The State of PFAS in the US and NYS
Per- and polyfluoroalkyl substances (PFAS) have been a hot-button issue over the past several years and are gaining industry attention. Federal and state regulations are continuing to evolve and the applicable treatment or remediation standards are very nuanced. Federally, the U.S. Environmental Protection Agency (EPA) has been slow to implement actionable regulations because of the lack of technical information on these emerging contaminants. New York State has been proactive in implementing limits and is leading the way to protect public health. It’s important to understand what these chemicals are and their historic applications in order to know why and where these are showing up.
What are PFAS?
PFAS are a group of chemicals that have been manufactured since the 1940s. They have been used in a wide variety of applications and they are found in numerous consumer and manufactured products. Common PFAS-containing items include non-stick cookware, waterproof and stain-proof coatings, food packaging, household products, personal care products, and firefighting foam. These applications have led to PFAS being present in drinking water, wastewater, soil, and biosolids, in addition to their continued use in manufactured products.
PFAS in practice
Historically, the benefits of PFAS have been the strong chemical bonds that make them useful in many applications. The durability of the chemical is also the factor that makes it harmful to the environment and human health. These chemicals are resistant to degradation in the environment and can bioaccumulate to cause negative health effects to humans. Toxicology studies are continuing to provide further evidence that these chemicals can cause adverse health effects.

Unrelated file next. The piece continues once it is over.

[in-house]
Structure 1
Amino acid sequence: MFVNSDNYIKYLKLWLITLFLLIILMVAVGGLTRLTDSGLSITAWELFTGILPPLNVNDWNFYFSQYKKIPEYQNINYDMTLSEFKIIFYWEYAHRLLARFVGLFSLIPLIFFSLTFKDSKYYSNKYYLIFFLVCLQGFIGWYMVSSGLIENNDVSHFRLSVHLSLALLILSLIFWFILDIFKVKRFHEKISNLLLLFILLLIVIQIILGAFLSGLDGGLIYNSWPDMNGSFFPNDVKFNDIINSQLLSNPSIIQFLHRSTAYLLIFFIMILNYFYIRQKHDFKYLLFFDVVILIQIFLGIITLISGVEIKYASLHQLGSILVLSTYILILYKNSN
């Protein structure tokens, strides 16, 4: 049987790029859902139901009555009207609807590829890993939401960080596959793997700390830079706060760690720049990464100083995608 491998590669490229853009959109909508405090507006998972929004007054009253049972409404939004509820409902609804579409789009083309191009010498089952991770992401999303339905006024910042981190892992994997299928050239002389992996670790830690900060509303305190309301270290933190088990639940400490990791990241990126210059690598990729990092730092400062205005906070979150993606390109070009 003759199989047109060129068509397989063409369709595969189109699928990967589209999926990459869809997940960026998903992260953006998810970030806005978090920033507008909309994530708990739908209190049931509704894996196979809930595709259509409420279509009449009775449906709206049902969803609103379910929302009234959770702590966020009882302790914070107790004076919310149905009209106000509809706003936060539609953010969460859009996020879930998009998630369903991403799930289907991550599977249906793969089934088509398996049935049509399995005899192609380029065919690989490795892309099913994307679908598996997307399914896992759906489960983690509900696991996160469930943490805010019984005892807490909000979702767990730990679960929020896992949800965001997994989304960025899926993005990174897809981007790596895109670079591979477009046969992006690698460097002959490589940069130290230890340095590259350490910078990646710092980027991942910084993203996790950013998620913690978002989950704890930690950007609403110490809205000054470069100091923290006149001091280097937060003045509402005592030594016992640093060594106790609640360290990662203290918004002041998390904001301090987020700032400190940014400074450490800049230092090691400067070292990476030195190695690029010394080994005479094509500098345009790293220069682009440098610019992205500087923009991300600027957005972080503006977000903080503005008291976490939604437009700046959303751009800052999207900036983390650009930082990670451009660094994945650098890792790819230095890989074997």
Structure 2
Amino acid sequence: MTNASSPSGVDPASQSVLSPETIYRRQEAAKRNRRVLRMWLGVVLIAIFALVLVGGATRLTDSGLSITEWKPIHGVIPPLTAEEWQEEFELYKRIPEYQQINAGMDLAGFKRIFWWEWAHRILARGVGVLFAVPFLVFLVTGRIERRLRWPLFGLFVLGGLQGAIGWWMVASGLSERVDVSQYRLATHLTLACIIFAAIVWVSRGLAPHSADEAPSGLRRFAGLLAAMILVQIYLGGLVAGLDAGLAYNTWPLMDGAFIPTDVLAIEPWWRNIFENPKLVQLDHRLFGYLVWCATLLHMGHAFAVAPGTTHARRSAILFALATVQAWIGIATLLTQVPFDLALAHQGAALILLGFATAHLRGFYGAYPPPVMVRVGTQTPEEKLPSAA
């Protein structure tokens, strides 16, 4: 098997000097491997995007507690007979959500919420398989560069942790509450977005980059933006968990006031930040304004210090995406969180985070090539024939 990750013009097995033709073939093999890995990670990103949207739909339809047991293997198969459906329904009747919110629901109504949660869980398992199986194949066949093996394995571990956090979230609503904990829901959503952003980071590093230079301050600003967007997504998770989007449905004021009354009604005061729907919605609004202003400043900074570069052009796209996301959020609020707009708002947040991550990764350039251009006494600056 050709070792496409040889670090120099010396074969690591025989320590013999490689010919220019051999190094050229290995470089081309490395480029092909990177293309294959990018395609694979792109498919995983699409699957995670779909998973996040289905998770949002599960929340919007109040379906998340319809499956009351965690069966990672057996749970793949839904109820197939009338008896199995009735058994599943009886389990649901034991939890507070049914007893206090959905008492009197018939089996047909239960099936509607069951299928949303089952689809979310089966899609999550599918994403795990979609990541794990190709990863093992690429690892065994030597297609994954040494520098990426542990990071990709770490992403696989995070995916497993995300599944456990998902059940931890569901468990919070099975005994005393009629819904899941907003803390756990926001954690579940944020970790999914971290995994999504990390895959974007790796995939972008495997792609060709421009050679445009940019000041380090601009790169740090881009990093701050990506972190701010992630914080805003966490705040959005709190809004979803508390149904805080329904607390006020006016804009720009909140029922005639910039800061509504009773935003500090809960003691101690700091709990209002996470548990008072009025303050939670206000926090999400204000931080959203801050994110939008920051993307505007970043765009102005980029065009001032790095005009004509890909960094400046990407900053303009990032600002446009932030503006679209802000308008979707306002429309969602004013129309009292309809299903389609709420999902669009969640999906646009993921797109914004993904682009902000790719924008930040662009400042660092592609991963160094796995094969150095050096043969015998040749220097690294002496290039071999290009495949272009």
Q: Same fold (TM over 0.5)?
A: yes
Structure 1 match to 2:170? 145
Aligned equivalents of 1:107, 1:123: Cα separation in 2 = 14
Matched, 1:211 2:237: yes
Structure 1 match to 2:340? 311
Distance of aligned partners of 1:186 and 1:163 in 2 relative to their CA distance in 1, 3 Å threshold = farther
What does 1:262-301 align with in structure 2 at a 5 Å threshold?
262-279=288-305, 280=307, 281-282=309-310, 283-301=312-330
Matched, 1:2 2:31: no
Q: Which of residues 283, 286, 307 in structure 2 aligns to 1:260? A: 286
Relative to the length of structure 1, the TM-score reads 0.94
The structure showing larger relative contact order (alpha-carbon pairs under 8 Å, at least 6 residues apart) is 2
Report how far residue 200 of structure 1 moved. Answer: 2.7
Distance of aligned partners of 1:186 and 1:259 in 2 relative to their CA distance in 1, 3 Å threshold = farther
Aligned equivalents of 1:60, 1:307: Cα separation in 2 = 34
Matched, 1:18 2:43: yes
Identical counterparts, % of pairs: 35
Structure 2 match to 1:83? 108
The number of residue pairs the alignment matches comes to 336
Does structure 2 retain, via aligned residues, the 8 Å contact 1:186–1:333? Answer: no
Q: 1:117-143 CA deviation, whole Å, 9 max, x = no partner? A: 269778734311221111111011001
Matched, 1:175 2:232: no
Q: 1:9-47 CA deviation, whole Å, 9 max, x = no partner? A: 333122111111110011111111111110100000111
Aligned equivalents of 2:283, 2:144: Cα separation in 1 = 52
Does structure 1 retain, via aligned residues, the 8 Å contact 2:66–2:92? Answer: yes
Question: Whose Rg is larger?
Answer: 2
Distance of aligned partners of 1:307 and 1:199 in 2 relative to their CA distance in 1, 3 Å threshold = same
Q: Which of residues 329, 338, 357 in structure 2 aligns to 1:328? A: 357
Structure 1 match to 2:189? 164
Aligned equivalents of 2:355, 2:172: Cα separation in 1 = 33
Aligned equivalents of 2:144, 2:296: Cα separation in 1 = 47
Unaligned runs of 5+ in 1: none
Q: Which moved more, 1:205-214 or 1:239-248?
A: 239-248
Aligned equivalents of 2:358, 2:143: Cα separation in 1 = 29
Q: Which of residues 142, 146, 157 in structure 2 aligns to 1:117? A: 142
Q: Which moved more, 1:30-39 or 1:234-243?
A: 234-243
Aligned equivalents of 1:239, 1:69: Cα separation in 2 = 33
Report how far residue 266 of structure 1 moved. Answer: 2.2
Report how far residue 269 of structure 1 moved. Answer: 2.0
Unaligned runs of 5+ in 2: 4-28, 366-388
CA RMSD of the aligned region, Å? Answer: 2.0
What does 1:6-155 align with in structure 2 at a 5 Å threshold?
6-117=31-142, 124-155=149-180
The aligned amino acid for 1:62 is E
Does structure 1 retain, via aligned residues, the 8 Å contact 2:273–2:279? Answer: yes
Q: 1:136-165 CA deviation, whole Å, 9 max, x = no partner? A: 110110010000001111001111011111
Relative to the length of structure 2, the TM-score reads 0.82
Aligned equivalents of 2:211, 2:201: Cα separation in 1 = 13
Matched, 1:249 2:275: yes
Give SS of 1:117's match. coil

The National Institute for Occupational Safety and Health (NIOSH) states there are more than 9,000 different types of PFAS, but some have been more widely used than others. The most extensively used and studied are PFOA and PFOS, but regulations are evolving to include more species of the chemical.
Federal action on PFAS
The EPA has been working to address these issues through the PFAS Strategic Roadmap. In line with this plan, the EPA announced four health advisories for PFAS last June. In addition, in March 2021, the EPA released an advance notice for proposed rulemaking (ANPRM) for PFAS. Future rulemaking could affect wastewater effluent limitations guidelines, pretreatment standards, and new source performance standards to address the discharge of PFAS.
Restrictions in food packaging
Effective December 31, 2022, New York State banned PFAS in food packaging containing the chemicals. No person shall distribute, sell, or offer for sale food packaging containing PFAS. Types of packaging required to comply include packages or packaging components that are intended for direct food contact and are made up of paper, paperboard, or other plant fiber materials.
Treatment for PFAS contamination is advancing, and methods of destroying these ‘forever chemicals’ are being incentivized by the growing demand to address the PFAS issue quickly. The growing concerns for adverse effects on human and environmental health are driving the necessary innovation.
Walden continues to follow the regulatory changes on federal, state, and local levels, as well as the current changes in technology required for treatment and eventually destruction. If there are concerns about PFAS in your operations, Walden is available to discuss specific facility issues and how actions can be taken to address your concerns to ensure your facility is in compliance. Give us a call at 516-701-1681 to learn more.
If you’d like to read some of Walden’s other blogs on PFAS, click here. Contact us at 516-701-1681 for additional information!